1.) The overall direction is down -- big time down.
2.) There are three downward gaps that occurred on heavy volume. That's not good.
3.) The market closed at the low point, on heavy volume just after the third gap down. That's a triple whammy of bad events. Traders didn't want to hold positions overnight because they were concerned something would happen between now and the open that would lower stock prices.
Why are gaps down bad? To Quote Bulkowski from Encyclopedia of Chart Patterns, "...in both cases [of upward and lower gaps] some type of exuberance is driving the stock to create a gap (page 241)." In other words, there is a strong emotional reason for the change. It's safe to say that a downward gap is a sign of extreme concern. When there are three gaps on a single day, it's s sign of really extreme concern.
The 9-day chart shows the SPYs were in a three and a half day consolidation/trading range. But they broke through support on heavy volume at the end of trading. Breakdowns indicate a change in sentiment. When they occur on heavy volume sentiment it's that much more intense.
The SPYs daily chart shows we have broken through support and the 200 day SMA on heavy volume. Again a triple whammy.
The one day QQQ chart also shows three downward gaps that occurred on heavy volume. Also notive the index sold-off at the end of trading on heavy volume.
The 10-day QQQQ chart shows they too were in the middle of a consolidation pattern, but they also broke through support on heavy volume at the close of the market. This is not good.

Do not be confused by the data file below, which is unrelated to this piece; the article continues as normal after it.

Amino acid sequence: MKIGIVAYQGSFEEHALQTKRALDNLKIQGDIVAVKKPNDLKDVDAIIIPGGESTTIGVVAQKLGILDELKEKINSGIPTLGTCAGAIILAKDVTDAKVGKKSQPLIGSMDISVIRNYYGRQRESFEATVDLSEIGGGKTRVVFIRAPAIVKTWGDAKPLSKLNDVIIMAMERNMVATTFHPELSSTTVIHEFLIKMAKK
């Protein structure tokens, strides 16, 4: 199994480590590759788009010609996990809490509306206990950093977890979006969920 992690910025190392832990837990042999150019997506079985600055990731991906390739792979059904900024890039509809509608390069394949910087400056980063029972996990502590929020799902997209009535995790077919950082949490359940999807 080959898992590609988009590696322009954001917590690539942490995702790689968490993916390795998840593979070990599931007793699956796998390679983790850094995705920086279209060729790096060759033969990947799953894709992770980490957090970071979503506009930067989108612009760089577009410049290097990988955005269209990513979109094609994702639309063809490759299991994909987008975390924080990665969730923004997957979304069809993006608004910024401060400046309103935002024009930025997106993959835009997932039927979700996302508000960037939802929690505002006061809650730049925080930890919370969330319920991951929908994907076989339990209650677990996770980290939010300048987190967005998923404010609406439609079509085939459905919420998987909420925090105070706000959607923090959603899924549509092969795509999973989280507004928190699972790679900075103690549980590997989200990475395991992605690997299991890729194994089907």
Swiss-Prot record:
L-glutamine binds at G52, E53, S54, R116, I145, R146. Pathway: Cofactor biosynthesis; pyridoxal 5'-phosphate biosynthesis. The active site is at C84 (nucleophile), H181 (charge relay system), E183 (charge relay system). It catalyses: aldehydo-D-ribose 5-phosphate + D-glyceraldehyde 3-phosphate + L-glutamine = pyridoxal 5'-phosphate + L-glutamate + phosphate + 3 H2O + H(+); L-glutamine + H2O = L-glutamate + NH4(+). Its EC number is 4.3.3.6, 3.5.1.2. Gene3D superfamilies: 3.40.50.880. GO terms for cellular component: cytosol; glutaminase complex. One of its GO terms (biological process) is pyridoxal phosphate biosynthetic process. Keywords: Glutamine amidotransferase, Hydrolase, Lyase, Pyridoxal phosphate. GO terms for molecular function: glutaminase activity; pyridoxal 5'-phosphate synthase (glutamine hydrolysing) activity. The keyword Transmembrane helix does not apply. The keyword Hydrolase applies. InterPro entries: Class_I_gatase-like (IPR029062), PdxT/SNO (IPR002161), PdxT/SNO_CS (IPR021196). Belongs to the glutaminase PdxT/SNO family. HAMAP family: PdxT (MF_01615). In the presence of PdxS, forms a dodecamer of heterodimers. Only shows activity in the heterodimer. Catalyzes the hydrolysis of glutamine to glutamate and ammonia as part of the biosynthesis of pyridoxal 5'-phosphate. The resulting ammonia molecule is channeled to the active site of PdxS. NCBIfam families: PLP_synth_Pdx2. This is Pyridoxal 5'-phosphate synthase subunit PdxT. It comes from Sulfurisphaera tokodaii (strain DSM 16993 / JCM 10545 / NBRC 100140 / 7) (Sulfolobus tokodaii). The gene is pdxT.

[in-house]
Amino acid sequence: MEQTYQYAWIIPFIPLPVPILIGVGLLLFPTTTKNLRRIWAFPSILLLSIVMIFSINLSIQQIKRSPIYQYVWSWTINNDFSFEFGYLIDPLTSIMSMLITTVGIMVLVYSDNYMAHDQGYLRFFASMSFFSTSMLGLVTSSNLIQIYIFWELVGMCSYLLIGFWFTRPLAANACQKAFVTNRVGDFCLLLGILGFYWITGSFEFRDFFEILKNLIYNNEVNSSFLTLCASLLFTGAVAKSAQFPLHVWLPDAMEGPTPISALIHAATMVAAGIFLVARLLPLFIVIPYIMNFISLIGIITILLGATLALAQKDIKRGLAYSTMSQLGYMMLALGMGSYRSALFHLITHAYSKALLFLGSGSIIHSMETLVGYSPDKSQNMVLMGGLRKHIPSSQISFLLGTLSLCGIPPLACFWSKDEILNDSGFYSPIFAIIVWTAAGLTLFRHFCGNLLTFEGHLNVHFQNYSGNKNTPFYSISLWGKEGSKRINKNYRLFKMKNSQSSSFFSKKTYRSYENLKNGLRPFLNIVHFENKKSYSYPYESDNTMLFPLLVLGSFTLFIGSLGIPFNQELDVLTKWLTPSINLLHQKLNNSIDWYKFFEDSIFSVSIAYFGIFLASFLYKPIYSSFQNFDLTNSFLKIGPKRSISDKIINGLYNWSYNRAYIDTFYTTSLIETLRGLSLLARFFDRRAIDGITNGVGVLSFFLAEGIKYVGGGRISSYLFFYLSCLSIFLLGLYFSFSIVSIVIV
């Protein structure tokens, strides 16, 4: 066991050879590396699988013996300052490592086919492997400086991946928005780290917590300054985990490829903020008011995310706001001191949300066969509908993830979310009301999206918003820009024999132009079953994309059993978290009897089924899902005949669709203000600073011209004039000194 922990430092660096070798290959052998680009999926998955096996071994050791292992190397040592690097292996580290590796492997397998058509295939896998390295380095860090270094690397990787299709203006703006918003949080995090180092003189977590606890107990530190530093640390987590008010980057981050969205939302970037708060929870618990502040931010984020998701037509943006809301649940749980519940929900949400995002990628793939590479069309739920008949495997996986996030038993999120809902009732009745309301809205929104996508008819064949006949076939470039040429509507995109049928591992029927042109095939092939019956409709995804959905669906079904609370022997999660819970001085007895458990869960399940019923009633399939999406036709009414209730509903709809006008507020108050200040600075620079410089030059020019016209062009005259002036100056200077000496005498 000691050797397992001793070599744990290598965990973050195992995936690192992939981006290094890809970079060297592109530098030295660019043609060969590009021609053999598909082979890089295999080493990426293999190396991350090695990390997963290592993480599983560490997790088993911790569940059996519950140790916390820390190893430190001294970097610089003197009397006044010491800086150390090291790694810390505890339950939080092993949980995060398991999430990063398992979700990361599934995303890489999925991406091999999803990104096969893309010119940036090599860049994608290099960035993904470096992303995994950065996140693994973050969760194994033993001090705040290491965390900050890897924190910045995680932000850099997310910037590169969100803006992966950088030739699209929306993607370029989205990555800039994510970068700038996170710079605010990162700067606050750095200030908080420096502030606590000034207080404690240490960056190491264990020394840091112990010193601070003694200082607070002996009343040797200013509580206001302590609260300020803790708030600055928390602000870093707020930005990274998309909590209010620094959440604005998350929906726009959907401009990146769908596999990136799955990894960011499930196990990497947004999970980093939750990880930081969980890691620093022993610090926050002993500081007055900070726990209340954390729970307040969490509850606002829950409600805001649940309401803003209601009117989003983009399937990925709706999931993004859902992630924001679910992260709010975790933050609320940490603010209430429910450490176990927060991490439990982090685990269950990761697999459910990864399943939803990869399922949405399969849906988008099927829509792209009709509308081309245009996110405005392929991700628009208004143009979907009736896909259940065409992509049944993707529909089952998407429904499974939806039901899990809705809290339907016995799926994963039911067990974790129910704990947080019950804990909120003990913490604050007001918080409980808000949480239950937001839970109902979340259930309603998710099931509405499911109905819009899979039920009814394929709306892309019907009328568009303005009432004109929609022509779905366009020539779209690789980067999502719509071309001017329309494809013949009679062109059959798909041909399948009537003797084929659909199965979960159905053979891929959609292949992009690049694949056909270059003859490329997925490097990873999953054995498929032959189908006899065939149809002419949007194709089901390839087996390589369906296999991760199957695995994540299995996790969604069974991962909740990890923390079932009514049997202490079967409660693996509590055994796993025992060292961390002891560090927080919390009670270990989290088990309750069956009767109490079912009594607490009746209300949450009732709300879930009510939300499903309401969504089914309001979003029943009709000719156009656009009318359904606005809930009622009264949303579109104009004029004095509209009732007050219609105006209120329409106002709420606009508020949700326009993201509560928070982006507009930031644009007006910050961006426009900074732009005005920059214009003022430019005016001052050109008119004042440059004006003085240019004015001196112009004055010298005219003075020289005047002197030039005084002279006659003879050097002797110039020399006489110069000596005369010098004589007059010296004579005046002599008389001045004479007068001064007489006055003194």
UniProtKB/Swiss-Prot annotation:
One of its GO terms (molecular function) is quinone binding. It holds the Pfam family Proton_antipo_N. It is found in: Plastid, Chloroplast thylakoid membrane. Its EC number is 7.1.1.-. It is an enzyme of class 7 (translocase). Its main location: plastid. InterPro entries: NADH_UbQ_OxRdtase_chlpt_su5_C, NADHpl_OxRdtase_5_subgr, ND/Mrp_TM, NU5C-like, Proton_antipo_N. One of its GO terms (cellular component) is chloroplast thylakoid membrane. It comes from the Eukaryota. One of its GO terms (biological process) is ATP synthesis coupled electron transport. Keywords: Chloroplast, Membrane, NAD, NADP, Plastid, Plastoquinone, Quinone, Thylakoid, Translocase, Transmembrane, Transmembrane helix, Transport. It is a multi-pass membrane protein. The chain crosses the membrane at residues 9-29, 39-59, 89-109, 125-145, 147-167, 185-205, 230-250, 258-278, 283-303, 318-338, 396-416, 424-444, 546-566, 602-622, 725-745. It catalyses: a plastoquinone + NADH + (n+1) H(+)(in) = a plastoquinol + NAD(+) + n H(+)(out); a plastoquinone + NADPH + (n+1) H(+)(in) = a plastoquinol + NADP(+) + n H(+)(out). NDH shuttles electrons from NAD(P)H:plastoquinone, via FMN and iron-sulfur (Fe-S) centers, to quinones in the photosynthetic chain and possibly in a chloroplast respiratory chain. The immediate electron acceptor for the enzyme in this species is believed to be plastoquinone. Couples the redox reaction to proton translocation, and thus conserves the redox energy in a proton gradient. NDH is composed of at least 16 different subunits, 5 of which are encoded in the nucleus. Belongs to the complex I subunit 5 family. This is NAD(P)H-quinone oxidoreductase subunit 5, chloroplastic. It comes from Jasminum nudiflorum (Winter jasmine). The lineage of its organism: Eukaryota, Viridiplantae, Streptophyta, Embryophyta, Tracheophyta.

The daily QQQQ chart shows the index broke though the support of the 10 and 20 day SMA on heavy volume. That's very bad.
In addition, consider these two charts from stockcharts.com.
NASDAQ new highs/new lows
Both of these charts tell us that fewer and fewer NASDAQ stocks were responsible for the index's gains. That indicates there was a lack of breadth across a wide swath of stocks.
Short version -- this day was terrible. It did a lot of technical damage.
I'm on Linked In and Twitter (@captivelawyer). Silver Oz's Linked In name is @silver_oz. NDD is a fossil and may be reached by etching a picture in stone on the wall of a cave.
The Bonddad Economic History Project
At the beginning of 2012, I decided to start looking at the actual, statistical history of the US economy starting in 1950. The reason is simple: to find out what really happened. So, when you see title of a post that begins with a year such as 1957, followed by "employment" or "Fed policy: you know what it's for. You can also access the information by typing in BE for Bonddad econ and a year to find information on a particular year.
Here is a link to pages that contain links to all the posts on the years listed.